A grant from the Australian Heritage Commission's National Estate Grants program in 1988-9 allowed us to collate material and information on Tasmanian cave invertebrates, and to send Stefan Eberhard down caves all over the state (Eberhard et al, 1991).

During the course of our investigation (October 1988 to December 1989), 39 caves in 17 karst areas were sampled intensively for invertebrate animals. Occasional collections made by one of us (SME) since 1980 were included in the database and they included collections from approximately 55 caves in 7 karst areas. We also incorporated collections made in the Western Tasmania World Heritage Area under the Directed Wildlife Research Programme of the Department of Parks, Wildlife and Heritage; these include 38 caves in 13 karst areas (Eberhard 1987; 1988; 1989). In addition, biological data were obtained from the literature, or from other scientists, to give data from a total of 133 caves in 30 karst areas. This represents approximately 14% of the known caves and about 56% of the cavernous karst areas in the State. Two dolerite boulder caves from a pseudokarst area at Mt Arthur were also sampled.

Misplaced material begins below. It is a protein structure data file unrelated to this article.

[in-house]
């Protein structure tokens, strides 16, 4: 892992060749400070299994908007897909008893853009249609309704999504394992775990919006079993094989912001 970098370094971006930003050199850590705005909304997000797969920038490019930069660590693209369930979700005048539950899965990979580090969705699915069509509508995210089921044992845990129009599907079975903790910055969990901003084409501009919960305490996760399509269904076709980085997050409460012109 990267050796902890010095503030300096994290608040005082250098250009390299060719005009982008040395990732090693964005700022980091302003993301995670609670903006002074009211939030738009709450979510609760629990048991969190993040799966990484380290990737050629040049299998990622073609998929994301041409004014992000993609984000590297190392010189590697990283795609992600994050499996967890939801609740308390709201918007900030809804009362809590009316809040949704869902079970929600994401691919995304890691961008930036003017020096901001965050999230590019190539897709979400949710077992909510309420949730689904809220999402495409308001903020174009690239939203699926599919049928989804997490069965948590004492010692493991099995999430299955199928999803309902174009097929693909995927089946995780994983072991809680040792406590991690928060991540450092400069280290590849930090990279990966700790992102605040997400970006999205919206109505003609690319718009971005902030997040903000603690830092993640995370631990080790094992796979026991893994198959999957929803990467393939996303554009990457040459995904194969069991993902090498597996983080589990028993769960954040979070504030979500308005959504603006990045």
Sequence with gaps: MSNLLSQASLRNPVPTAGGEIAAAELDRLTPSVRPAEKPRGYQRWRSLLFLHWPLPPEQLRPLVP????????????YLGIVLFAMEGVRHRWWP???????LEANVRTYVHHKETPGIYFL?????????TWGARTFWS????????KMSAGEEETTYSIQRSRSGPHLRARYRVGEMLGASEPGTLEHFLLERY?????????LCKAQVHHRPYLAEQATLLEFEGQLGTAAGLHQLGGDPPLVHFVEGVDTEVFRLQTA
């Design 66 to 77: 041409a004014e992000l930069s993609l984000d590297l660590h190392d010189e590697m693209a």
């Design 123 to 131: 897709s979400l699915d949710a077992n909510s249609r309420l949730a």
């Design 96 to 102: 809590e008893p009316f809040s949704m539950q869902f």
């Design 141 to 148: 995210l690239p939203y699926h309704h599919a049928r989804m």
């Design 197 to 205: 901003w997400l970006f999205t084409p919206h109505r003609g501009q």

From these collections, many species were identified, but it is necessary to distinguish between some grades of cave species, since not all can be described as true cave-dwellers. Any animal living in a cave can be defined as a cavernicole. The traditional system for the ecological classification of cavernicoles consists of three major categories (Vandel 1965). Troglobites are obligatory cavernicoles, unable to survive except in caves or similar hypogean habitats. Troglobites are often distinguished by morphological specialisations called troglomorphisms, which may include loss or rudimentation of eyes and pigment, and attenuation of the body, appendages, or sensory hairs (Holsinger & Culver 1988). Troglophiles are facultative cavernicoles. They may live permanently in caves, and successfully complete their life cycles there, but they can also do this in suitable epigean or endogean habitats. Trogloxenes are habitually found in caves, but they cannot complete their whole life cycle there and must return periodically to the surface or entrance zone for food.